August: Osage County

august osage countyWell, this one’s a bit of a downer, it’s very well done, but damn, it’s a downer… Based on the play by Tracy Letts (who also wrote the screenplay), August: Osage County features the story of a family broken, very broken, mostly by their own devices and attitudes. Plagued by dreary, depressing attitudes, drug abuse, cancer, suicide, incest and a lot of denial, the whole story feels doomed and at times is hard to watch as there’s very little joy found anywhere in here. Even during the few moments of positivity in the film they become quickly overshadowed by the dour outlooks of the main characters…

This is the kind of film I’ll only watch once and only out of curiosity and wanting to watch the actors do their thing. Rightly so too as the actors are great. The screenplay is well-written for what it is, the dialog seems true to the characters and is compelling (which is hard to pull off in a drama sometimes). The problem is that the attitudes of the main characters are so hopeless and depressing that even when some light is offered from the less-depressing characters, it just doesn’t cut through the dark of the leads with the exception of an outburst from Chris Cooper’s character towards his wife in the film. Meryl Streep’s character has just lost her husband to a suspected suicide, she’s battling cancer herself and her 3 daughters are a complete mess too. Julia Roberts is the oldest daughter, going through a divorce and dealing with a teenage daughter that doesn’t like her. Juliette Lewis is the youngest of the 3 and is engaged to a materialistic man who is definitely going to cheat on her if he isn’t already (he even hits on her 14 year old niece) and the middle daughter just found out that she’s involved in a incestuous relationship with a brother most of the family thought was a cousin. Wow.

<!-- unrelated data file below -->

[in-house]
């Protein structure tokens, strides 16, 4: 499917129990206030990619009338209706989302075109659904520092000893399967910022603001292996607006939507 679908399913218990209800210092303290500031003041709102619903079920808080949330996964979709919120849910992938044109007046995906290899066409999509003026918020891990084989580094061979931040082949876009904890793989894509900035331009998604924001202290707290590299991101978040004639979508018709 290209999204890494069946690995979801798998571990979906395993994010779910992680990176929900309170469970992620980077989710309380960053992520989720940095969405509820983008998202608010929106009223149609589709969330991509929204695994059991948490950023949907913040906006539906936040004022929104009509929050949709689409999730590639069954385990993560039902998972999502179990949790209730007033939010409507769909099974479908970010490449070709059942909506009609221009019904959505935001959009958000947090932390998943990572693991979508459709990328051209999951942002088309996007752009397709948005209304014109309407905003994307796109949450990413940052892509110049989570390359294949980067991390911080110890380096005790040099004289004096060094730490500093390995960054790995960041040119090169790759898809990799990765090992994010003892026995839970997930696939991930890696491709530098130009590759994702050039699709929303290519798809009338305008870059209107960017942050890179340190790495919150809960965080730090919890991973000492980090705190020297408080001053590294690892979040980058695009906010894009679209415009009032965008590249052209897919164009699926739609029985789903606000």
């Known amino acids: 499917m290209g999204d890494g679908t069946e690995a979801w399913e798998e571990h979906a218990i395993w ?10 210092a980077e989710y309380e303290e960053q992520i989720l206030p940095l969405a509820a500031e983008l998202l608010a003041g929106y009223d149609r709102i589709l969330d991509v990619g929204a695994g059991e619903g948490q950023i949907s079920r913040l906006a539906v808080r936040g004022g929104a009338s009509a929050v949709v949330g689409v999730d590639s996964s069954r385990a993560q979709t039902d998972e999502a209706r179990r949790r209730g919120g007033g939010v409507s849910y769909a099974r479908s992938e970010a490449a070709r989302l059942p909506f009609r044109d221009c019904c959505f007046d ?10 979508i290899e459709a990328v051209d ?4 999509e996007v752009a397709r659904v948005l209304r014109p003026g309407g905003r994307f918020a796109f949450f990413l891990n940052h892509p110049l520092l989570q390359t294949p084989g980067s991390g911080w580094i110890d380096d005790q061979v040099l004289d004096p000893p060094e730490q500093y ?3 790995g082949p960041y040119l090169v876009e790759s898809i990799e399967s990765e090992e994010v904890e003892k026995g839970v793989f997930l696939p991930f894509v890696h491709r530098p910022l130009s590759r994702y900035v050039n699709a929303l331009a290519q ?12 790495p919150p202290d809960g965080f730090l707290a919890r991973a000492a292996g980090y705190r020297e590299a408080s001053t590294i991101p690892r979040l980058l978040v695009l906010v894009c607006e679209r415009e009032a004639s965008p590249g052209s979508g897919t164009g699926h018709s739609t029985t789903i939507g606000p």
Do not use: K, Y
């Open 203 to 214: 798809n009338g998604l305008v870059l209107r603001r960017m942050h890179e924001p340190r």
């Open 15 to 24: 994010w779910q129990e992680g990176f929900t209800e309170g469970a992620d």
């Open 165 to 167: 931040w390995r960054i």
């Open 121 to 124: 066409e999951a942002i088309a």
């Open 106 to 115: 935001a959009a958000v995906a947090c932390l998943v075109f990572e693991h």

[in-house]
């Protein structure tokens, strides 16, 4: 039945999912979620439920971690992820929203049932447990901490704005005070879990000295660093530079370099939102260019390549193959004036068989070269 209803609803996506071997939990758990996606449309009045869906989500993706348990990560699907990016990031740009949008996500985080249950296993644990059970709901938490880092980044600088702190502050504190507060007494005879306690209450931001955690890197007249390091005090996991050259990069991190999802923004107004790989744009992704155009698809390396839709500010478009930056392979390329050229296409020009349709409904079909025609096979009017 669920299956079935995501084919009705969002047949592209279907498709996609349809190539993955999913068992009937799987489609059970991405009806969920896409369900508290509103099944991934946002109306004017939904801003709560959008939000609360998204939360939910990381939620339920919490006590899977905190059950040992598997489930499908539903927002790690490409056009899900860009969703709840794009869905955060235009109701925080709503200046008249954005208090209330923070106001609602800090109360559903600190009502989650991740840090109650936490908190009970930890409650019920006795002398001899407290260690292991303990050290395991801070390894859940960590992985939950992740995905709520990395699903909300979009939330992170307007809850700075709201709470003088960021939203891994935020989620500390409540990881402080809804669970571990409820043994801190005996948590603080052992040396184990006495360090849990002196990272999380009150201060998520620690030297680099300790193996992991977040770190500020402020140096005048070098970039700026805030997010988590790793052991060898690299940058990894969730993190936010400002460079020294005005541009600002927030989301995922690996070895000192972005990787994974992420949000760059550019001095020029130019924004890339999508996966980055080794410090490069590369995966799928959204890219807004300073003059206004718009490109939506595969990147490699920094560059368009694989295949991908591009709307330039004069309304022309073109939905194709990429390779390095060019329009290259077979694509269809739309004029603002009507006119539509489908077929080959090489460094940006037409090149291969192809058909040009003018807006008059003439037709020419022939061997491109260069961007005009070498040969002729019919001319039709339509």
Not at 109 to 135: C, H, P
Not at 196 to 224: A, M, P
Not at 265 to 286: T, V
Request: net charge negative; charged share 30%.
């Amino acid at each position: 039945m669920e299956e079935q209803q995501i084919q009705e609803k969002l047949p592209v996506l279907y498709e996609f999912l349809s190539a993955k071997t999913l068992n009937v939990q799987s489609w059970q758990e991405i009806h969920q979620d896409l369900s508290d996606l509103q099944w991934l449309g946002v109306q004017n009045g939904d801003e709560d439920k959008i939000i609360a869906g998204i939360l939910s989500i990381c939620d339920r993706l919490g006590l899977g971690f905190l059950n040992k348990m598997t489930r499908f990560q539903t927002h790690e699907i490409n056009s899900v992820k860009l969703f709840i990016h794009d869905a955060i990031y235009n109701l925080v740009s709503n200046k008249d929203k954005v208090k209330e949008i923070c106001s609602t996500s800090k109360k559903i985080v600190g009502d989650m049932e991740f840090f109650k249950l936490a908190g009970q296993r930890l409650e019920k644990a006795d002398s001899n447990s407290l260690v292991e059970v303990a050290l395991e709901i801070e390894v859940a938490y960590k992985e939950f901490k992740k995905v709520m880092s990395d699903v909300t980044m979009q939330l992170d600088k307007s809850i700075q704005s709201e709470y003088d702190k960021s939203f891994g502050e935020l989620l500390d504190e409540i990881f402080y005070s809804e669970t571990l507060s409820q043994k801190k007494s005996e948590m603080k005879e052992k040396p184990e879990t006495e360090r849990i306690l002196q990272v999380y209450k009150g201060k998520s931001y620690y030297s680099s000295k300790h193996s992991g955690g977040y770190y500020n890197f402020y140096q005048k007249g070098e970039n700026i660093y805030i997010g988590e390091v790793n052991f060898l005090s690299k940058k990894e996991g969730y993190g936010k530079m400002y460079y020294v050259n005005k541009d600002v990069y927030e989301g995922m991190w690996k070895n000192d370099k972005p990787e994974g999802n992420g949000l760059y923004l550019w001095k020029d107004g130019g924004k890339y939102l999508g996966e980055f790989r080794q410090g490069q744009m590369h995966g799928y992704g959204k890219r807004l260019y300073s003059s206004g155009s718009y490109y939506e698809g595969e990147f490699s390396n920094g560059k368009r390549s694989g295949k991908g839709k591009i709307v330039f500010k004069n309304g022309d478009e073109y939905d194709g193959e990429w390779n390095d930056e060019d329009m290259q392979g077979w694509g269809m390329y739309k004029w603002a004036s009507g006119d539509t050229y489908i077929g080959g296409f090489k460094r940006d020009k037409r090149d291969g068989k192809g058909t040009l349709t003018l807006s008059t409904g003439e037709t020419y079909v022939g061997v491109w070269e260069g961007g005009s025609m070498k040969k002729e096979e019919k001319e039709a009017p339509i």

While the story sounds dramatic and interesting (and it is), the delivery is hard to get through and if you’re looking for relief at the end of film, you’ll be sorely disappointed as noone seems to find redemption. I’m not sure why people write stories like this or what compels people to even watch a film that’s so entrenched in darkness and depression. That’s what I found this film to be, simply a character exercise exploring depression and hopelessness. John Wells directed and does a great job capturing the dire sentimentality that runs through the spine of the script.

The only quality that kept me wanting to finish watching the film was the actors. Streep is her usual tour-de-force and sets the bar high for everyone else to match. Luckily the cast is strong enough to match her intensity and authenticity. Julia Roberts is especially good and stands out on her own as one the more engaging, intense actors to watch which is impressive considering the lineup of talent here. The lineup includes Sam Shepard, Benedict Cumberbatch, Julianne Nicholson, Chris Cooper, Margo Martingale, Dermot Mulroney, Ewan McGregor, Abigail Breslin, and Misty Upham.

Bottom line: if you appreciate films just for the acting or you’re ok with films that offer no redemption or happy ending, you may like this one.

reviewed by Sean McKnight